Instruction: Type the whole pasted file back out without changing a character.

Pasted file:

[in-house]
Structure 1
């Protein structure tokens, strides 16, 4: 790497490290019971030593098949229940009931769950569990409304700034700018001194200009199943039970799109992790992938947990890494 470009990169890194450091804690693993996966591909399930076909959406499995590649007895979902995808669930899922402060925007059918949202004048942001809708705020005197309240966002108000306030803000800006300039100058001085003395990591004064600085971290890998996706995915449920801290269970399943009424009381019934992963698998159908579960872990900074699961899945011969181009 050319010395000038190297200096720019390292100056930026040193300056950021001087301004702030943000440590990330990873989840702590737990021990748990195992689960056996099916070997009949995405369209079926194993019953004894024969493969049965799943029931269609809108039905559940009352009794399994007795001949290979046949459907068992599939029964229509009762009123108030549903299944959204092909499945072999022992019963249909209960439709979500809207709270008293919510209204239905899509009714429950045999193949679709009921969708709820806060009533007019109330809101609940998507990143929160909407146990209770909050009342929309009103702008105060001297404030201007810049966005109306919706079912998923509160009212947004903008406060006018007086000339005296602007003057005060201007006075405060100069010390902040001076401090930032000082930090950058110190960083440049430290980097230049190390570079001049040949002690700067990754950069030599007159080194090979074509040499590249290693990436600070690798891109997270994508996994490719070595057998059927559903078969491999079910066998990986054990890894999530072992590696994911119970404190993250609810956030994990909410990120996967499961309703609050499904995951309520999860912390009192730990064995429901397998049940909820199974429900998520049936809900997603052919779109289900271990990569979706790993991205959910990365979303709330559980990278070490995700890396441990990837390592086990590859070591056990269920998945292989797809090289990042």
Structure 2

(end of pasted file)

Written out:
[in-house]
Structure 1
């Protein structure tokens, strides 16, 4: 790497490290019971030593098949229940009931769950569990409304700034700018001194200009199943039970799109992790992938947990890494 470009990169890194450091804690693993996966591909399930076909959406499995590649007895979902995808669930899922402060925007059918949202004048942001809708705020005197309240966002108000306030803000800006300039100058001085003395990591004064600085971290890998996706995915449920801290269970399943009424009381019934992963698998159908579960872990900074699961899945011969181009 050319010395000038190297200096720019390292100056930026040193300056950021001087301004702030943000440590990330990873989840702590737990021990748990195992689960056996099916070997009949995405369209079926194993019953004894024969493969049965799943029931269609809108039905559940009352009794399994007795001949290979046949459907068992599939029964229509009762009123108030549903299944959204092909499945072999022992019963249909209960439709979500809207709270008293919510209204239905899509009714429950045999193949679709009921969708709820806060009533007019109330809101609940998507990143929160909407146990209770909050009342929309009103702008105060001297404030201007810049966005109306919706079912998923509160009212947004903008406060006018007086000339005296602007003057005060201007006075405060100069010390902040001076401090930032000082930090950058110190960083440049430290980097230049190390570079001049040949002690700067990754950069030599007159080194090979074509040499590249290693990436600070690798891109997270994508996994490719070595057998059927559903078969491999079910066998990986054990890894999530072992590696994911119970404190993250609810956030994990909410990120996967499961309703609050499904995951309520999860912390009192730990064995429901397998049940909820199974429900998520049936809900997603052919779109289900271990990569979706790993991205959910990365979303709330559980990278070490995700890396441990990837390592086990590859070591056990269920998945292989797809090289990042």
Structure 2